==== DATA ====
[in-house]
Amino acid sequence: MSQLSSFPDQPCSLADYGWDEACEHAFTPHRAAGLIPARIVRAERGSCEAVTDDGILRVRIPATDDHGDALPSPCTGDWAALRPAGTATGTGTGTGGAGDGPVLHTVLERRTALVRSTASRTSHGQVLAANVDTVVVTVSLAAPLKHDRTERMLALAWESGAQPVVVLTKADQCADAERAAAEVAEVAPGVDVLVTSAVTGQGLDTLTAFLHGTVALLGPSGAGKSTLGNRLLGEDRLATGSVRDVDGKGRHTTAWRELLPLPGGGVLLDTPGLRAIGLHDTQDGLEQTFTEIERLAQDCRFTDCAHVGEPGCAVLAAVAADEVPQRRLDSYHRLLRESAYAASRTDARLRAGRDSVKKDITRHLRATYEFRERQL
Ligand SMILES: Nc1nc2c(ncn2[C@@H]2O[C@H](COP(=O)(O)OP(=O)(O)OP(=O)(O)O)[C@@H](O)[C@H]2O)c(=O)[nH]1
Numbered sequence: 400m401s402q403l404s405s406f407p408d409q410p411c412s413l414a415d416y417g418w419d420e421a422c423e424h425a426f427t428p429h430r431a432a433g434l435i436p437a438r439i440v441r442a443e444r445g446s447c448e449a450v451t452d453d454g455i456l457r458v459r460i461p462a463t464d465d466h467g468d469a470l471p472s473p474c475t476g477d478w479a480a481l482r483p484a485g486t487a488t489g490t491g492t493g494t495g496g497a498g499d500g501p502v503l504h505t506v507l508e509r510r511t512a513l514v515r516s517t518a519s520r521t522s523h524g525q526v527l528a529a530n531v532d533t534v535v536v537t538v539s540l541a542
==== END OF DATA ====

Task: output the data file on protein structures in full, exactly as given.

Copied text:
[in-house]
Amino acid sequence: MSQLSSFPDQPCSLADYGWDEACEHAFTPHRAAGLIPARIVRAERGSCEAVTDDGILRVRIPATDDHGDALPSPCTGDWAALRPAGTATGTGTGTGGAGDGPVLHTVLERRTALVRSTASRTSHGQVLAANVDTVVVTVSLAAPLKHDRTERMLALAWESGAQPVVVLTKADQCADAERAAAEVAEVAPGVDVLVTSAVTGQGLDTLTAFLHGTVALLGPSGAGKSTLGNRLLGEDRLATGSVRDVDGKGRHTTAWRELLPLPGGGVLLDTPGLRAIGLHDTQDGLEQTFTEIERLAQDCRFTDCAHVGEPGCAVLAAVAADEVPQRRLDSYHRLLRESAYAASRTDARLRAGRDSVKKDITRHLRATYEFRERQL
Ligand SMILES: Nc1nc2c(ncn2[C@@H]2O[C@H](COP(=O)(O)OP(=O)(O)OP(=O)(O)O)[C@@H](O)[C@H]2O)c(=O)[nH]1
Numbered sequence: 400m401s402q403l404s405s406f407p408d409q410p411c412s413l414a415d416y417g418w419d420e421a422c423e424h425a426f427t428p429h430r431a432a433g434l435i436p437a438r439i440v441r442a443e444r445g446s447c448e449a450v451t452d453d454g455i456l457r458v459r460i461p462a463t464d465d466h467g468d469a470l471p472s473p474c475t476g477d478w479a480a481l482r483p484a485g486t487a488t489g490t491g492t493g494t495g496g497a498g499d500g501p502v503l504h505t506v507l508e509r510r511t512a513l514v515r516s517t518a519s520r521t522s523h524g525q526v527l528a529a530n531v532d533t534v535v536v537t538v539s540l541a542